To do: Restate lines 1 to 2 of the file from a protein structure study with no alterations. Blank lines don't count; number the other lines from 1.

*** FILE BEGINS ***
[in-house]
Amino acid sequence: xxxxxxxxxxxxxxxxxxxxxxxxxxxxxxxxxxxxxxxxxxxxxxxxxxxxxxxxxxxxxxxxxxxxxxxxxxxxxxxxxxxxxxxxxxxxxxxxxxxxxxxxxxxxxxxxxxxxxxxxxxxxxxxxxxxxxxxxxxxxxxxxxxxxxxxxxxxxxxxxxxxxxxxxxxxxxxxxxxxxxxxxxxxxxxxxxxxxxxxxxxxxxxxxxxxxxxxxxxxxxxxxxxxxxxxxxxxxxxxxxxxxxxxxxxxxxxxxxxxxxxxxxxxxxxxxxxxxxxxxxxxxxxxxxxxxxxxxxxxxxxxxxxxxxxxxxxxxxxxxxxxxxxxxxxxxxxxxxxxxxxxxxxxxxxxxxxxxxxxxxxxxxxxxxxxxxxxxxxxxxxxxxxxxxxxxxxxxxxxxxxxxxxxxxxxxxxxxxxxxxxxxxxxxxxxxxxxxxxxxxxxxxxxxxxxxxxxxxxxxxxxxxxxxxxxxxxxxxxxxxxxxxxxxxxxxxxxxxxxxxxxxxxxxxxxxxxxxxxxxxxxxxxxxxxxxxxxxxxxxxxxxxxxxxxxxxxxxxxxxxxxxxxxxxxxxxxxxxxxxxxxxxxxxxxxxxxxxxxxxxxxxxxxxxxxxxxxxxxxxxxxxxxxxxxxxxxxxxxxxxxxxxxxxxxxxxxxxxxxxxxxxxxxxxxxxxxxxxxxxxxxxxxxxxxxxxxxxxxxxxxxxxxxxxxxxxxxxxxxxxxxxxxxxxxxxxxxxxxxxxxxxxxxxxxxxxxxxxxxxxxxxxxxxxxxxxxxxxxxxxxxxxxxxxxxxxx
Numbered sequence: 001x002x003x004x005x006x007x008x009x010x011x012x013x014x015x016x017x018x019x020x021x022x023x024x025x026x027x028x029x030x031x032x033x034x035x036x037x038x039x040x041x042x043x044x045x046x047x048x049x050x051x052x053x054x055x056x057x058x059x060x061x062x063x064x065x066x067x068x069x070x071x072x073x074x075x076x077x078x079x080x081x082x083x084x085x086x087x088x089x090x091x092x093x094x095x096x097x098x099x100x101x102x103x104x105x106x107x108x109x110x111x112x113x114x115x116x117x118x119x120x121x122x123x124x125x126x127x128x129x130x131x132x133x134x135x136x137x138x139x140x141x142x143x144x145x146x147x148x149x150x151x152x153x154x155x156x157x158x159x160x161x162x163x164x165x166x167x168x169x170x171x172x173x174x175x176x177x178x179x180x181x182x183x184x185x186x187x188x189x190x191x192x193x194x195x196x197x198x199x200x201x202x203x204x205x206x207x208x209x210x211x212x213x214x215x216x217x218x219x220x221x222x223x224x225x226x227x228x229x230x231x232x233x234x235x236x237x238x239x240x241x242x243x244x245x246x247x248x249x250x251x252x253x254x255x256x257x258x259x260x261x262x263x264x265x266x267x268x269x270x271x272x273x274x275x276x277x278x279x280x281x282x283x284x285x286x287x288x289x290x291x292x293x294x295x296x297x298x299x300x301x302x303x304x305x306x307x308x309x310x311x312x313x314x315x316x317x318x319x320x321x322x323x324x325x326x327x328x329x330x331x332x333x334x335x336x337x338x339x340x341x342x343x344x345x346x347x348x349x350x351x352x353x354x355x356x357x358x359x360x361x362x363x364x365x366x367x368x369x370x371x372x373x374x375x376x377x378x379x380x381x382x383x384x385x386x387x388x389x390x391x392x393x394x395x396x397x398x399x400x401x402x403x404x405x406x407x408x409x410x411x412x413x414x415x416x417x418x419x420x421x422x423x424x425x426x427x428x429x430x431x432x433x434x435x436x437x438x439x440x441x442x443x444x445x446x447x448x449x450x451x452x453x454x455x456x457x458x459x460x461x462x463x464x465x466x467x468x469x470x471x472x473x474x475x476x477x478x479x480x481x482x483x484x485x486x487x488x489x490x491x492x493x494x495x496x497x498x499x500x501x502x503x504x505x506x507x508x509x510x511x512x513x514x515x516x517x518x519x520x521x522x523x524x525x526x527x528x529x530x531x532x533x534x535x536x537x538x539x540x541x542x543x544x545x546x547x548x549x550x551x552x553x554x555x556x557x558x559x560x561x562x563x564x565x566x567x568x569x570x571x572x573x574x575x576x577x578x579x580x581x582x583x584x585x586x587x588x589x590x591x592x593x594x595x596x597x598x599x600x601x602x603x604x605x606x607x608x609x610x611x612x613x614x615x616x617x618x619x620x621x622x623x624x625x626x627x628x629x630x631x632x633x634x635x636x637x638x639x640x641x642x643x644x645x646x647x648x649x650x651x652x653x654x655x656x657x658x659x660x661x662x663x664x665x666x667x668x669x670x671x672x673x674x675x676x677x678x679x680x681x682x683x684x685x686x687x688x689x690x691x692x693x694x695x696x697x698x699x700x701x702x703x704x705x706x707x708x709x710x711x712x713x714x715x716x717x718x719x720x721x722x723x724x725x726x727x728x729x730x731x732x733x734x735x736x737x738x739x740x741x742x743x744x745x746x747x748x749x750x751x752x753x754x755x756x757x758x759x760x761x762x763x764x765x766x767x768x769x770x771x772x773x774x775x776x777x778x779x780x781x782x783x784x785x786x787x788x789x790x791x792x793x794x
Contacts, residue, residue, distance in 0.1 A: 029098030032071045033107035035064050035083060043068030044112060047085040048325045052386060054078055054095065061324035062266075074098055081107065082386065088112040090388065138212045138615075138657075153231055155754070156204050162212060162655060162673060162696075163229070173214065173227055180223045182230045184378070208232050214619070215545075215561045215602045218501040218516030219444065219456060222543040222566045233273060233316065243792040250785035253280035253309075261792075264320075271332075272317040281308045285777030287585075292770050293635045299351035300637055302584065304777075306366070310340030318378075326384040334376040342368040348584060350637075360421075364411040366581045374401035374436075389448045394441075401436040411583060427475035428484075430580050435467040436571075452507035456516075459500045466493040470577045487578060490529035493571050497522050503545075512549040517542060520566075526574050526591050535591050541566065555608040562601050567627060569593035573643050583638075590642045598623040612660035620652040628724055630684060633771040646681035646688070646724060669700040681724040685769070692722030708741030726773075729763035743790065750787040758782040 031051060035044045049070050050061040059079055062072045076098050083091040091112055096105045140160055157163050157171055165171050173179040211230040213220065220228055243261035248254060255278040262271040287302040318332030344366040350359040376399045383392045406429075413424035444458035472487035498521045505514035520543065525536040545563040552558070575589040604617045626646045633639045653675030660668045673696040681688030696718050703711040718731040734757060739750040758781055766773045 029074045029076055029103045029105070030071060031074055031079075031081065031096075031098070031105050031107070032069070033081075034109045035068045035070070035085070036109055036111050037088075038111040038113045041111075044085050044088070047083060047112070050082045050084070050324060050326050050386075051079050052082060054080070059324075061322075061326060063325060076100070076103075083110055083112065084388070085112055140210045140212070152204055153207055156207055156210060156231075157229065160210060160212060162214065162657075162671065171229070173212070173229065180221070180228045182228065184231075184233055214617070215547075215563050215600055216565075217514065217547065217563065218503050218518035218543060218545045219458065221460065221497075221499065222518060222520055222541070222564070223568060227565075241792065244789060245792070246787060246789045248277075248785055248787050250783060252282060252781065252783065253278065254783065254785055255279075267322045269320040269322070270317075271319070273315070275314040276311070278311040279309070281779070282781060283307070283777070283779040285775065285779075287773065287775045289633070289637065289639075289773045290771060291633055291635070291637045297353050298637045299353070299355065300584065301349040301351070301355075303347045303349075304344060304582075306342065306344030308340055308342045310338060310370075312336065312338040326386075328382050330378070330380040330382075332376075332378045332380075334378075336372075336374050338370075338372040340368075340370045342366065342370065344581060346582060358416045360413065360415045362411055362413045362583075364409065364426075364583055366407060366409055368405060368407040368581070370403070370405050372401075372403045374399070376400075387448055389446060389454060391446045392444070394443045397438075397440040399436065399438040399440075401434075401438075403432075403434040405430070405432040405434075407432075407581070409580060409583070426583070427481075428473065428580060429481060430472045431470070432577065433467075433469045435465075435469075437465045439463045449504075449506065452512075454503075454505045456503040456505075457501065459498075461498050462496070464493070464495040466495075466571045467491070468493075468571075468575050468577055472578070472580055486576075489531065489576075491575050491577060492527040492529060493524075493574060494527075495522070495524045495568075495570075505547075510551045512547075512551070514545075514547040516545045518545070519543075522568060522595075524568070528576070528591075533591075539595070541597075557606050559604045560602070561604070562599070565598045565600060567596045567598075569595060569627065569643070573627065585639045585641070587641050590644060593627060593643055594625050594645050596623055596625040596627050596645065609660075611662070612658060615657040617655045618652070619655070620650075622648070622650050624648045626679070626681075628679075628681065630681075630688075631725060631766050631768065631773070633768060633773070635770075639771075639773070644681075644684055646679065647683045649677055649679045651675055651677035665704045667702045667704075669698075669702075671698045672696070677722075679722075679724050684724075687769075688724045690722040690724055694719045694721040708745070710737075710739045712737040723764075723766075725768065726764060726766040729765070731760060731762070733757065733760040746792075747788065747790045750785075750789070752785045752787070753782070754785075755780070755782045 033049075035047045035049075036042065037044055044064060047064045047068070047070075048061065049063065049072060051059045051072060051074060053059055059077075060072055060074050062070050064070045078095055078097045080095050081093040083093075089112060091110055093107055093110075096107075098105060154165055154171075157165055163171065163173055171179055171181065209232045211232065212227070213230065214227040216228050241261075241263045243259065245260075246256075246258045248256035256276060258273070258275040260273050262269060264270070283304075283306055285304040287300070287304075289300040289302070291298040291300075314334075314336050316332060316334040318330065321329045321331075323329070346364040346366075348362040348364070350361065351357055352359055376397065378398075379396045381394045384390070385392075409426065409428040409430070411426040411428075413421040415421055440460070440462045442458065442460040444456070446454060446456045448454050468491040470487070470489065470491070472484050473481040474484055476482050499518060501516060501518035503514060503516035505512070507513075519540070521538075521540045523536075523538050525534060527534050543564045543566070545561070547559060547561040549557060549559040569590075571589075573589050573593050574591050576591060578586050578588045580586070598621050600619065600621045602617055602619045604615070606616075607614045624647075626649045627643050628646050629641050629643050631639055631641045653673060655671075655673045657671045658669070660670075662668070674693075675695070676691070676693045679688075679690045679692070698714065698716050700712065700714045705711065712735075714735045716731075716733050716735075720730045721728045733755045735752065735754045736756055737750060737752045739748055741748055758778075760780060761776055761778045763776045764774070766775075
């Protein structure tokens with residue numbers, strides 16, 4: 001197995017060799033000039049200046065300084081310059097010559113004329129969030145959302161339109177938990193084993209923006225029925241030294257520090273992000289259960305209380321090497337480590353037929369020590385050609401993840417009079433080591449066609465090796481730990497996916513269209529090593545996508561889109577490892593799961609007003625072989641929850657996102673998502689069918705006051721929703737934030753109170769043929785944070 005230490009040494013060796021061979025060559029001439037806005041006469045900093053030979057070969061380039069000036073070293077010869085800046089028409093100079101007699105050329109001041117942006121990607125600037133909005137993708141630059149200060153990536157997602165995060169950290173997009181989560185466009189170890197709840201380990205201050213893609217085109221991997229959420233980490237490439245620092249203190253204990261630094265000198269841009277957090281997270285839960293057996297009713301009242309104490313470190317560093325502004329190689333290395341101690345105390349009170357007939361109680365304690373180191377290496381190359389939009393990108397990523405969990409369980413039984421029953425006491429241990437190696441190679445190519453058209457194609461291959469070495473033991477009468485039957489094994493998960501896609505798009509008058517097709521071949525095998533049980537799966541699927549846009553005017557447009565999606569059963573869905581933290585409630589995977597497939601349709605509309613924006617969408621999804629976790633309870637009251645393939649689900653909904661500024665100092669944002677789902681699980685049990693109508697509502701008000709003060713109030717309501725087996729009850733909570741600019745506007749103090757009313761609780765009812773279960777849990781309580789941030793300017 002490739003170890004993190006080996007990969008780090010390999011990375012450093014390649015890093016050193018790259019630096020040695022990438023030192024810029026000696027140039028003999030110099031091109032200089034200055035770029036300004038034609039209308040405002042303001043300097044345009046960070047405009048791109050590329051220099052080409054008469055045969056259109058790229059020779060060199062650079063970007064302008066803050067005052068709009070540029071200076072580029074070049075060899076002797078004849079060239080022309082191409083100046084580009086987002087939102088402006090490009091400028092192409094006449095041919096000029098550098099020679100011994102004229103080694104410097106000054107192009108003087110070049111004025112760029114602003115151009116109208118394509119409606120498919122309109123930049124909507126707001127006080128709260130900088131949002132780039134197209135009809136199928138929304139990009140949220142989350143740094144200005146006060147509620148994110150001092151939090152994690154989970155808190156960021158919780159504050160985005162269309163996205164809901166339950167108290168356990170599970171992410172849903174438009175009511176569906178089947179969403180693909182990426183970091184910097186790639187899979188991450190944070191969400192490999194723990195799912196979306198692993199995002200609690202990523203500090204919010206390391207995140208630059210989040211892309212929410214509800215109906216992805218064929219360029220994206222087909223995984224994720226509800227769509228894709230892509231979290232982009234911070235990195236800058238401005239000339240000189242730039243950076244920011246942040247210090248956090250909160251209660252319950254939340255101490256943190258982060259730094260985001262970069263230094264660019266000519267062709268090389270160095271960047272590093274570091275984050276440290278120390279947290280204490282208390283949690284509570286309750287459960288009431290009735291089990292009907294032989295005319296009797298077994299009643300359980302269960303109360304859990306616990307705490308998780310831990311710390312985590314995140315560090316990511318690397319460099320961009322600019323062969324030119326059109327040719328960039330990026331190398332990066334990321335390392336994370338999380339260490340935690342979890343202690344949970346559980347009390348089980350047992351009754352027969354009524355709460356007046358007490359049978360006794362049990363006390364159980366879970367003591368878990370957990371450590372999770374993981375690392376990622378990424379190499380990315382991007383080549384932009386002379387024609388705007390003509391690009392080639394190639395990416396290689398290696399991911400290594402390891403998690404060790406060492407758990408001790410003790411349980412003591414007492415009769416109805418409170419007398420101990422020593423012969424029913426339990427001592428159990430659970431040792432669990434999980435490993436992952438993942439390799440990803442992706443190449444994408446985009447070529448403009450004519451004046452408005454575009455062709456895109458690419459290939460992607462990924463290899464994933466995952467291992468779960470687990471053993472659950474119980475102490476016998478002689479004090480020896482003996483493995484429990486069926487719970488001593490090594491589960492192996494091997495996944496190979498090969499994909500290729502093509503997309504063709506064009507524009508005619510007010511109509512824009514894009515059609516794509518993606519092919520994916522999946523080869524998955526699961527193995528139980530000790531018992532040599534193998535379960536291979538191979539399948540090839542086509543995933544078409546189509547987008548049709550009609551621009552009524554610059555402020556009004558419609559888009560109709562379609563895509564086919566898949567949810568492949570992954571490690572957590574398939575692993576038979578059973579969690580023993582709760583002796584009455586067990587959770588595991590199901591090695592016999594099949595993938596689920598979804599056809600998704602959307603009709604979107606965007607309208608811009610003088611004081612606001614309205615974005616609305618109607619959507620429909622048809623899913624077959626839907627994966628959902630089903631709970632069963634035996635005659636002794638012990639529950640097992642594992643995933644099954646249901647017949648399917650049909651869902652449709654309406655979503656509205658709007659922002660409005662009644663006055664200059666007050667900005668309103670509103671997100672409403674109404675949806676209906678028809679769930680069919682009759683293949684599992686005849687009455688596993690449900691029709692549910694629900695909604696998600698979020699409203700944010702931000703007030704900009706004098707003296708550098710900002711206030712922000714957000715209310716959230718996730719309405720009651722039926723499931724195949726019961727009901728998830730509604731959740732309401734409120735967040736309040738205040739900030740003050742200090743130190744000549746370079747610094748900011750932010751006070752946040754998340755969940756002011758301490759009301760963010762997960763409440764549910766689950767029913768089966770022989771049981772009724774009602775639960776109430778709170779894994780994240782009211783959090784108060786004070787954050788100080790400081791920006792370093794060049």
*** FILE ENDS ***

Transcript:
[in-house]
Amino acid sequence: xxxxxxxxxxxxxxxxxxxxxxxxxxxxxxxxxxxxxxxxxxxxxxxxxxxxxxxxxxxxxxxxxxxxxxxxxxxxxxxxxxxxxxxxxxxxxxxxxxxxxxxxxxxxxxxxxxxxxxxxxxxxxxxxxxxxxxxxxxxxxxxxxxxxxxxxxxxxxxxxxxxxxxxxxxxxxxxxxxxxxxxxxxxxxxxxxxxxxxxxxxxxxxxxxxxxxxxxxxxxxxxxxxxxxxxxxxxxxxxxxxxxxxxxxxxxxxxxxxxxxxxxxxxxxxxxxxxxxxxxxxxxxxxxxxxxxxxxxxxxxxxxxxxxxxxxxxxxxxxxxxxxxxxxxxxxxxxxxxxxxxxxxxxxxxxxxxxxxxxxxxxxxxxxxxxxxxxxxxxxxxxxxxxxxxxxxxxxxxxxxxxxxxxxxxxxxxxxxxxxxxxxxxxxxxxxxxxxxxxxxxxxxxxxxxxxxxxxxxxxxxxxxxxxxxxxxxxxxxxxxxxxxxxxxxxxxxxxxxxxxxxxxxxxxxxxxxxxxxxxxxxxxxxxxxxxxxxxxxxxxxxxxxxxxxxxxxxxxxxxxxxxxxxxxxxxxxxxxxxxxxxxxxxxxxxxxxxxxxxxxxxxxxxxxxxxxxxxxxxxxxxxxxxxxxxxxxxxxxxxxxxxxxxxxxxxxxxxxxxxxxxxxxxxxxxxxxxxxxxxxxxxxxxxxxxxxxxxxxxxxxxxxxxxxxxxxxxxxxxxxxxxxxxxxxxxxxxxxxxxxxxxxxxxxxxxxxxxxxxxxxxxxxxxxxxxxxxxxxxxxxxxxxxxxxxxxx